A leading analyst has suggested that new RIM CEO Thorsten Heins is steering the company away from previously rumoured plans to expand the BBM messaging platform to Android and iOS.
Suggestions that the BlackBerry messaging service is heading for a multi-platform rollout have popped up regularly for nearly a year now, but it's now believed that RIM wants to slug it out in competition with its rivals.
Most of the chatter surrounding Research in Motion over the past month has of course centred on the replacement of former co-chairmen Mike Lazaridis and Jim Balsillie with a new face – Thorsten Heins.
First it seemed that Heins was saying that all was well and that nothing needed to change, before a media backlash forced him into claiming what he meant was that nothing too drastic needed to change.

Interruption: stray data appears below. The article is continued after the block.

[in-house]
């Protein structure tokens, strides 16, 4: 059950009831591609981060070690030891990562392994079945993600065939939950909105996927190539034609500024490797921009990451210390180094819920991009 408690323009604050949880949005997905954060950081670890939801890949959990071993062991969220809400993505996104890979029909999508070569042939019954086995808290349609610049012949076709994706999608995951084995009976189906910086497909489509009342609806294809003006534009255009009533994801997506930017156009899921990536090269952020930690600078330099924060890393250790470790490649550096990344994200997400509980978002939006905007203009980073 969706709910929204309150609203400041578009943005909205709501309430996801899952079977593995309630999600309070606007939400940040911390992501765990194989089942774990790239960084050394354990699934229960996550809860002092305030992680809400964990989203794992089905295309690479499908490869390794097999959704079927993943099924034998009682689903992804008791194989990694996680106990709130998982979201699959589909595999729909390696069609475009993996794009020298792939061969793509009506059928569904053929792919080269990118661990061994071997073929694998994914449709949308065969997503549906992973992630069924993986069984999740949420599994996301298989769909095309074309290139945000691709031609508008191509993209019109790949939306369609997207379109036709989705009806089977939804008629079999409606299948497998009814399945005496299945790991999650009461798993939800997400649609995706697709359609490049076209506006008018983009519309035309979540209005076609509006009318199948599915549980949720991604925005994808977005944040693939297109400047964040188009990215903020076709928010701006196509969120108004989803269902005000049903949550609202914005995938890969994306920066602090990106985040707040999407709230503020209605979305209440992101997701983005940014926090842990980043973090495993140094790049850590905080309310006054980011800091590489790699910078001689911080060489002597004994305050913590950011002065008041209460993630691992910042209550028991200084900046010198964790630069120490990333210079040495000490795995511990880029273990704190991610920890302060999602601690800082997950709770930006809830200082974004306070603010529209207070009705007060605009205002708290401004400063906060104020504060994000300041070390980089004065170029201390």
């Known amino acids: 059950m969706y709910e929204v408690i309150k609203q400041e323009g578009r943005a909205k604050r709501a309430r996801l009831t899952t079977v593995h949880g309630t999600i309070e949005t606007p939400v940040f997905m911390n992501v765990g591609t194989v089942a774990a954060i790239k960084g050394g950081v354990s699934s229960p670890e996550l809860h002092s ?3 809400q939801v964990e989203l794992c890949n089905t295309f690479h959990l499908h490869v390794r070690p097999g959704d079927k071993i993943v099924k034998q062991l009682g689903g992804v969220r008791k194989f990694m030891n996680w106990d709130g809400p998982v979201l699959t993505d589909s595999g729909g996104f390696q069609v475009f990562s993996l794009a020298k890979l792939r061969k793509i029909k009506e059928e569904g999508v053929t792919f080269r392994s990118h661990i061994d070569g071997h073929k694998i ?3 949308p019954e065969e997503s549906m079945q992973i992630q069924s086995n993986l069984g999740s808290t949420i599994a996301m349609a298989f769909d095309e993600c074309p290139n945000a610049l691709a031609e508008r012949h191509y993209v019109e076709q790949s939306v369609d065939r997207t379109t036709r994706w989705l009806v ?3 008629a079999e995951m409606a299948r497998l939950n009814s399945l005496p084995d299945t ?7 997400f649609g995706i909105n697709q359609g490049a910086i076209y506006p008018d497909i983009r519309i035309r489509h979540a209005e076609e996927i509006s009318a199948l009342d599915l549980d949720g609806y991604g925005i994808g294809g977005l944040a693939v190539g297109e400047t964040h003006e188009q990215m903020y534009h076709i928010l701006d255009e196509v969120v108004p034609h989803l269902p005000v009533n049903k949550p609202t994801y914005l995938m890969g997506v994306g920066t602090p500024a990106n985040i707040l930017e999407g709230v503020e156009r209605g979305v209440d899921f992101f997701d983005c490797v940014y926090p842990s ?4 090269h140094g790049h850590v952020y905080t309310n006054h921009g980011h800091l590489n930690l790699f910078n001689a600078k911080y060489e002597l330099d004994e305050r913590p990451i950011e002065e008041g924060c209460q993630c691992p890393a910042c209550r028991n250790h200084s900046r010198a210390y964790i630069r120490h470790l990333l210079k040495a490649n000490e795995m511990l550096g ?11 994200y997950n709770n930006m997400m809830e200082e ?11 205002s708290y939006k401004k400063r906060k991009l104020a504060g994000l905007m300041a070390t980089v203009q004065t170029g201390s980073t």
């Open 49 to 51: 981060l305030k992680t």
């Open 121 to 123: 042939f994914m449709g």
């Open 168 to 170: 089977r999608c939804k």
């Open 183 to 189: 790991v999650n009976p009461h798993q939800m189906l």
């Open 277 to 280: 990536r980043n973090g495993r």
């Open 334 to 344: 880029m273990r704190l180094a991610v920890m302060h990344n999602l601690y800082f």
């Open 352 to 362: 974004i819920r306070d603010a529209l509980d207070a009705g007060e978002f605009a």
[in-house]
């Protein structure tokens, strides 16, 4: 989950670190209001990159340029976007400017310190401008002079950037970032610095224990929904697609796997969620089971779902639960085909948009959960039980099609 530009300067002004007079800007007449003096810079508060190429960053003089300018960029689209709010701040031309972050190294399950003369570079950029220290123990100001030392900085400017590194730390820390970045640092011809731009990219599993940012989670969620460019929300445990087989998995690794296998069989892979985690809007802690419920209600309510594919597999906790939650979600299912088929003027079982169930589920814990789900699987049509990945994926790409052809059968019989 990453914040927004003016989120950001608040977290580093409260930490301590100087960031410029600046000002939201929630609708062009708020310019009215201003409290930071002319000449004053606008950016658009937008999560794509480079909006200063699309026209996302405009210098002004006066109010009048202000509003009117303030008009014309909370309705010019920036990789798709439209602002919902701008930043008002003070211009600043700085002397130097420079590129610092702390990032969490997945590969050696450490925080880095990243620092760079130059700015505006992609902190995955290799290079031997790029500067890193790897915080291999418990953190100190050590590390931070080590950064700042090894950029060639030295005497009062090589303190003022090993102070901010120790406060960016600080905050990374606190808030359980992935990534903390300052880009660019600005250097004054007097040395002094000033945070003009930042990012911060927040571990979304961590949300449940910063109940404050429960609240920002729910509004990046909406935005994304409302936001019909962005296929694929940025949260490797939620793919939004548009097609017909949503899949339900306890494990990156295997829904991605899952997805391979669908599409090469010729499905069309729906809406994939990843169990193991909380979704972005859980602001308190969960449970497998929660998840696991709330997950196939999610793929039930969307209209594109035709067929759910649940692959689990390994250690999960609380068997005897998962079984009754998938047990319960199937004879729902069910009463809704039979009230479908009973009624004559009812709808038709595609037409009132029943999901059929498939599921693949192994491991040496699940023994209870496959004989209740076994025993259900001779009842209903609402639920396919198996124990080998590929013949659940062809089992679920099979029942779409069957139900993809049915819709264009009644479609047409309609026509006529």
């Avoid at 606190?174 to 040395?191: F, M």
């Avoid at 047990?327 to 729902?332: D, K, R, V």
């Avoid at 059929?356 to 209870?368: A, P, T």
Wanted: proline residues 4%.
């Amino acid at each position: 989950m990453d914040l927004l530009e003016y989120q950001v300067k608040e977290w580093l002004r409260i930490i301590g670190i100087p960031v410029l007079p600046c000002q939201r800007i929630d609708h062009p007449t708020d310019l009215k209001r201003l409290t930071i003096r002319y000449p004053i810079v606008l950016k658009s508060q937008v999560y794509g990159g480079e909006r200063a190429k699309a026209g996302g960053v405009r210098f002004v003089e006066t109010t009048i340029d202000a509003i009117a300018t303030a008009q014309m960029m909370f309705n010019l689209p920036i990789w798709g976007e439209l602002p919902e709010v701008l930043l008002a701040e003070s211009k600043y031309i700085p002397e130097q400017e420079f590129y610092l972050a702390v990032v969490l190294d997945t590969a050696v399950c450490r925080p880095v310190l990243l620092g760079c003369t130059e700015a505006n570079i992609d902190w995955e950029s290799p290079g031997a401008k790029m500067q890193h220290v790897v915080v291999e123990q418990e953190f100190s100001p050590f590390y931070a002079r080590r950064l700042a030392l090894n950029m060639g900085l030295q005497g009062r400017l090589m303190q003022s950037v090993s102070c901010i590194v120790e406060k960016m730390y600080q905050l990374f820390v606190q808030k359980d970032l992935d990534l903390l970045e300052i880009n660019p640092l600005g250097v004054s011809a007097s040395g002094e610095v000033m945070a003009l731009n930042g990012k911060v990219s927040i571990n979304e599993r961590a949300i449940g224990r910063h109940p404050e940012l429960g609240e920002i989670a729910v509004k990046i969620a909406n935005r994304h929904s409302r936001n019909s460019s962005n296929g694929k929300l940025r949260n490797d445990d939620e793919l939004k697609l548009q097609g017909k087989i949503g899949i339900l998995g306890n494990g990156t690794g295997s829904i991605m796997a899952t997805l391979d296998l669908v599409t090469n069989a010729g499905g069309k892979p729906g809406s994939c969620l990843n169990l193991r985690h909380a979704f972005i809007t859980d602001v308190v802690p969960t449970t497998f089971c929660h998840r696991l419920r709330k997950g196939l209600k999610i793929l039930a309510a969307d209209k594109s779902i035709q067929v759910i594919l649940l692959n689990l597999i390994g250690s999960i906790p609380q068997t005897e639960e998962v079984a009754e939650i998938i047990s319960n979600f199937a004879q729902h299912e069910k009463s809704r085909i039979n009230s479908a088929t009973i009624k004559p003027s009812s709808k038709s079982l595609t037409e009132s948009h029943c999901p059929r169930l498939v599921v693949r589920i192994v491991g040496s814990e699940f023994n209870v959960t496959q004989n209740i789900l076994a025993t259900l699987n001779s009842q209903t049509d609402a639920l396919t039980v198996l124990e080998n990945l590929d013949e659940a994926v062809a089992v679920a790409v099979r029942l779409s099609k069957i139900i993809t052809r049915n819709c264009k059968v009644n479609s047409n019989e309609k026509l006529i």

We disagree with him on that too, but be that as it may there's been very little said about the specifics of the changes Heins actually has in mind.
Well, enter Jefferies analyst Peter Misek, who appears to have some answers for us, or at least so thinks Forbes.
First, Misek pours cold water on the BBM multi-platform rumour, throwing in the claim that RIM will also “delay and possibly abandon its OS licensing plans” – another rumour that's been doing the rounds in recent months.
In both cases, Misek suggests that RIM is making a mistake, and when added to the long wait we're going to have before the first BBX devices actually make it out the door towards the end of the year, Misek feels less confident than ever.
“We recently met with Heins and found him engaging, articulate, and thoughtful,” Misek reveals. “We see no evidence that he is under the influence of the former management in any way.
“But we respectfully disagree with him. We believe that a delay in licensing BBX (what we believe to be an excellent OS) is a mistake.
“We believe decelerating efforts to offer enterprises the ability to get their fast secure Blackberry email on an iPhone or an Android device is a mistake. We want to believe in RIM, but see the near-term risks as too high.”